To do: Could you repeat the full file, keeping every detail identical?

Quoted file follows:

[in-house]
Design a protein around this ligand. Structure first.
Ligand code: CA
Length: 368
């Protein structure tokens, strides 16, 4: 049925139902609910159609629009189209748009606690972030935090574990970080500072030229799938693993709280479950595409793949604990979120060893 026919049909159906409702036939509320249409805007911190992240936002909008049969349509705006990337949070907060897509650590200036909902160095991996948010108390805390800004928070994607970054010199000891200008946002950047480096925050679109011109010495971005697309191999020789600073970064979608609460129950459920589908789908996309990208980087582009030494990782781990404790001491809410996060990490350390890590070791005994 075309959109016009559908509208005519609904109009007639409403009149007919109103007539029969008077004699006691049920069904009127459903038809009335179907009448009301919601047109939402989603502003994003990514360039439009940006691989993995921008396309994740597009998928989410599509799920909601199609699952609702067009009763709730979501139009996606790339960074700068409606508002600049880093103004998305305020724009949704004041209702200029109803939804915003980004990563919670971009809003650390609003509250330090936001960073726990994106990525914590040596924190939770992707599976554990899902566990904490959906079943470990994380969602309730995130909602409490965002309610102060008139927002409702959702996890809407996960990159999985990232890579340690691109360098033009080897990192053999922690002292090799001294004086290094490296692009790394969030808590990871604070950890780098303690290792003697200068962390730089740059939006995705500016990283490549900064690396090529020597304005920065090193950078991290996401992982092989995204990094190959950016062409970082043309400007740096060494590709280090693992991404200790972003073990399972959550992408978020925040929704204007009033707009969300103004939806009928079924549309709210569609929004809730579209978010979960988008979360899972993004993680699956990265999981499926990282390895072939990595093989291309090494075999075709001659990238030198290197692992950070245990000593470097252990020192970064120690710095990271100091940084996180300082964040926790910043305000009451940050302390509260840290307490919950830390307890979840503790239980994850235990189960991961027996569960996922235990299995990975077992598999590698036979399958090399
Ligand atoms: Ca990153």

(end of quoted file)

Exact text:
[in-house]
Design a protein around this ligand. Structure first.
Ligand code: CA
Length: 368
């Protein structure tokens, strides 16, 4: 049925139902609910159609629009189209748009606690972030935090574990970080500072030229799938693993709280479950595409793949604990979120060893 026919049909159906409702036939509320249409805007911190992240936002909008049969349509705006990337949070907060897509650590200036909902160095991996948010108390805390800004928070994607970054010199000891200008946002950047480096925050679109011109010495971005697309191999020789600073970064979608609460129950459920589908789908996309990208980087582009030494990782781990404790001491809410996060990490350390890590070791005994 075309959109016009559908509208005519609904109009007639409403009149007919109103007539029969008077004699006691049920069904009127459903038809009335179907009448009301919601047109939402989603502003994003990514360039439009940006691989993995921008396309994740597009998928989410599509799920909601199609699952609702067009009763709730979501139009996606790339960074700068409606508002600049880093103004998305305020724009949704004041209702200029109803939804915003980004990563919670971009809003650390609003509250330090936001960073726990994106990525914590040596924190939770992707599976554990899902566990904490959906079943470990994380969602309730995130909602409490965002309610102060008139927002409702959702996890809407996960990159999985990232890579340690691109360098033009080897990192053999922690002292090799001294004086290094490296692009790394969030808590990871604070950890780098303690290792003697200068962390730089740059939006995705500016990283490549900064690396090529020597304005920065090193950078991290996401992982092989995204990094190959950016062409970082043309400007740096060494590709280090693992991404200790972003073990399972959550992408978020925040929704204007009033707009969300103004939806009928079924549309709210569609929004809730579209978010979960988008979360899972993004993680699956990265999981499926990282390895072939990595093989291309090494075999075709001659990238030198290197692992950070245990000593470097252990020192970064120690710095990271100091940084996180300082964040926790910043305000009451940050302390509260840290307490919950830390307890979840503790239980994850235990189960991961027996569960996922235990299995990975077992598999590698036979399958090399
Ligand atoms: Ca990153």